Conservation and Sustainable Use of the Biosphere - WBGU

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Conservation and Sustainable Use of the Biosphere - WBGU

142 E Diversity of landscapes and ecosystems

areas have risen by 15–25 per cent (Campfire Association,

1999). From a nature- and species conservation

point of view, the designation of new protected areas

as a result of Campfire activities should be deemed to

be a success. It is especially important that Campfire

efforts have led to a re-opening of traditional migration

routes for wild animals as a result of the creation

of interlinked protected areas (Nuding, 1996).

In addition to the economic and ecological successes

of the project, positive effects can also be seen

from a social point of view. The development and

learning process triggered by the initiative led to an

increase in local self-awareness and responsibility

(empowerment, collective self-reliance).This form of

wild animal use thus simultaneously combats poverty

and promotes resource conservation and investment

in human capital (Nuding, 1996).

E 3.3.3.5

Implementing the strategy of ‘conservation

through use’

Choosing the form of use

With regard to a landscape’s protection requirement

and its protection worthiness, an appropriate use or

combination of various forms of use has to be chosen.

In principle, a distinction can be made between nonconsuming

use (photo-tourism and the trade in living

game) and consumptive use (subsistence hunting,

trophy hunting, game harvesting). The right form of

use cannot be selected abstractly, but only on the

basis of the local socio-economic conditions (Krug,

1997).

Some forms of use, which are particularly suitable

for the ‘conservation through use’ strategy, include

the use of wild animals and plants, tourism, and scientific

use. In principle, various forms of use are

therefore suitable for implementation of the ‘conservation

through use’ strategy. However, the use of

landscapes for extensive biomass production is at the

fore in this section, meaning that the use of wild animals

and plants in particular is considered here.

In this form of use, landscape protection can be

realized by placing a value on individual animal or

plant species. Many species produce multiple economic

benefits. For example, an elephant can be used

to provide meat, open up opportunities for game

hunting and function as a general tourist attraction

(Miller et al, 1995). Because a species usually has to

be kept in situ for this form of use, species conservation

is simultaneously associated with an incentive

also to conserve the ecosystem necessary for the

species. Experience in Africa with the legalized use of

wild animals – especially in Zimbabwe (Campfire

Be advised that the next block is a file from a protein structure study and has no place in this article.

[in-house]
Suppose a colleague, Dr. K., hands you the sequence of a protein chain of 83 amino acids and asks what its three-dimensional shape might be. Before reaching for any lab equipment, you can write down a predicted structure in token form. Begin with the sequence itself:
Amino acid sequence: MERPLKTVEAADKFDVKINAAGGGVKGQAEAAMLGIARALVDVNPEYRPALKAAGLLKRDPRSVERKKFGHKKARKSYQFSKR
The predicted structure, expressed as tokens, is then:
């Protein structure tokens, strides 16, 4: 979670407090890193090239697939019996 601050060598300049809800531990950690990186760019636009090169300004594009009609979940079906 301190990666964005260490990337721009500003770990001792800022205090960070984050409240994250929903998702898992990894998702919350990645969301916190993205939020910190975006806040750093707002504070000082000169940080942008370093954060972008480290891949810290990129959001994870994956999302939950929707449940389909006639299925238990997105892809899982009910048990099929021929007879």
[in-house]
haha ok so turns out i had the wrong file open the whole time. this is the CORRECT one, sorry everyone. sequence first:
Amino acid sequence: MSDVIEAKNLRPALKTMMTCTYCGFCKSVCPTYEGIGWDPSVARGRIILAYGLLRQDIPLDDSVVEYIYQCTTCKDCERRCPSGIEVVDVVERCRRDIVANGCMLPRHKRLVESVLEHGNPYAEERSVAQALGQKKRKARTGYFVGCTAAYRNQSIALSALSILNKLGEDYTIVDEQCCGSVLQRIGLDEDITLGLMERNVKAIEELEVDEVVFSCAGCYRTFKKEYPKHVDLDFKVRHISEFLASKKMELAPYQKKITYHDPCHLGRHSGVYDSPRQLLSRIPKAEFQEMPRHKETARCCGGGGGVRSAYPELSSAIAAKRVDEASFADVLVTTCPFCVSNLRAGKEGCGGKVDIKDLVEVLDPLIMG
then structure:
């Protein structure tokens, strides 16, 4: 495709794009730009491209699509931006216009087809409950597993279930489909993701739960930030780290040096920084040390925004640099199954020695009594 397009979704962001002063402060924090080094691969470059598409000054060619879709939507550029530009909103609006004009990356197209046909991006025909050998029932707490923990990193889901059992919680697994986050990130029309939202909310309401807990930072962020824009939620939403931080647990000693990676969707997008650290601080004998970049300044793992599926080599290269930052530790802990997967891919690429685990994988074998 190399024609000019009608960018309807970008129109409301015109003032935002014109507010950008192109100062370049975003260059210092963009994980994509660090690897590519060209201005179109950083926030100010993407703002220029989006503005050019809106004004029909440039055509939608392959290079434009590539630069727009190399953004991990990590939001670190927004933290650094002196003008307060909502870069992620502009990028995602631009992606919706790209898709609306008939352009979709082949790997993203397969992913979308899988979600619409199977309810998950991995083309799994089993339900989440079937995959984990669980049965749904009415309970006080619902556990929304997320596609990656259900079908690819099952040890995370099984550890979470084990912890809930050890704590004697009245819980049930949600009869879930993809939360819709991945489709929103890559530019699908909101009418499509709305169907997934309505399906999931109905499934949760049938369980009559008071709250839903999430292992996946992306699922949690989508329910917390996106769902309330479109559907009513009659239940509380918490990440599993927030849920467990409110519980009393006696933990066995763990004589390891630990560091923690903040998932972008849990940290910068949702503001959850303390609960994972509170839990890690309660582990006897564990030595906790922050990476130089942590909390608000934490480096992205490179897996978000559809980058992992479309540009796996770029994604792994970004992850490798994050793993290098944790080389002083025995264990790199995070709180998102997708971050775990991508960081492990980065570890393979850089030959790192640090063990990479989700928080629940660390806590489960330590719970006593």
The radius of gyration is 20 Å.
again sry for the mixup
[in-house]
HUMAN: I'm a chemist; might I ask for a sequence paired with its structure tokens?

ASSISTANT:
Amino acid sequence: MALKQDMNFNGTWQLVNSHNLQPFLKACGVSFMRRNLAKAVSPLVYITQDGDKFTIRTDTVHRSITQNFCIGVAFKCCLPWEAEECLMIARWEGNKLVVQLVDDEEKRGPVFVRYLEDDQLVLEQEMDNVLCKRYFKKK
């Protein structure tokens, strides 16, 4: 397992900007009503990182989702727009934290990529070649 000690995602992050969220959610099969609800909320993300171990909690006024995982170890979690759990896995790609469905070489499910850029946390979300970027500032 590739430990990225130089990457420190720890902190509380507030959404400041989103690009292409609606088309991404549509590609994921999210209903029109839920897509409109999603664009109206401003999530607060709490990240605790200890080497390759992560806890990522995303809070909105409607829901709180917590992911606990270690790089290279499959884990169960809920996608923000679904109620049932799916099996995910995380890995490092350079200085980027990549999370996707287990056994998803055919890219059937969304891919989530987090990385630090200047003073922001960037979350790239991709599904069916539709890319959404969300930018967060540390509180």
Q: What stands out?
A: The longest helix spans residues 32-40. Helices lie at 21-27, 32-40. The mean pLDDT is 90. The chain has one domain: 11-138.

Project), Zambia, South Africa and Namibia – illustrate

that the use of game clearly has positive impacts

on species conservation and the spread of game

species. Species of game and plants that are not used

also benefit from the noticeable enlargement of the

habitats for wild animals. Nature conservation in this

form thus makes ecological sense and is an economically

attractive form of land use (Krug, 1997).

Organization of instruments

The various forms of use, the likely criteria that could

be used to determine the protection worthiness and

protection requirement, and the task of combining

use and protection make it clear that the ‘conservation

through use’ strategy cannot be organized

according to one blanket, generally applicable blueprint.

Instead, as mentioned above, an individual case

study is needed for every object of protection, for

which the incentives for sustainable management are

to be raised by increased use. Only then can instruments

be used.

Against this background, implementation of the

idea of ‘conservation through use’ requires a combination

of various instruments. It is extremely important

to equip potential beneficiaries with property

rights or rights of disposal. Only in very few cases

does the complete privatization of biological

resources lead to an allocation result in which higher

protection goals are adhered to. There is therefore a

need for precisely tailored rights of disposal that usually

have to be subject to a certain degree of public –

not necessarily centralized/state – control (cf Section

E 3.3.3.6 for the importance of local authority

resource management).

This fundamental idea that a gain in efficiency

goes hand in hand with the allocation of private

rights of disposal has long been discussed in the economic

theory of property rights (Demsetz, 1967) and

can also be used for many environmental media – in

addition to air and water, possibly also for more subtle

media, such as the biosphere (Wegehenkel, 1981).

However, an individual case study has to decide on

the appropriateness of the desired environmental

policy goal in each case because the possibilities for

combining the protection goals with the use objectives

are heavily dependent on the section of the biosphere,

the local conditions, etc.

The instrument ‘creation of ex ante limited rights

of disposal’ is a key prerequisite for overcoming the

problem that the majority of local authority land can

be used by anyone for any purpose (open access

resource). In many cases this leads to overuse and the

ecosystem degradation (Hardin, 1968; Krug, 1997).

This central instrument, ‘creating rights of disposal’,

should then be combined with other instruments

(Bromley, 1994). On the one hand, economic incentive

instruments such as taxes and subsidies can be

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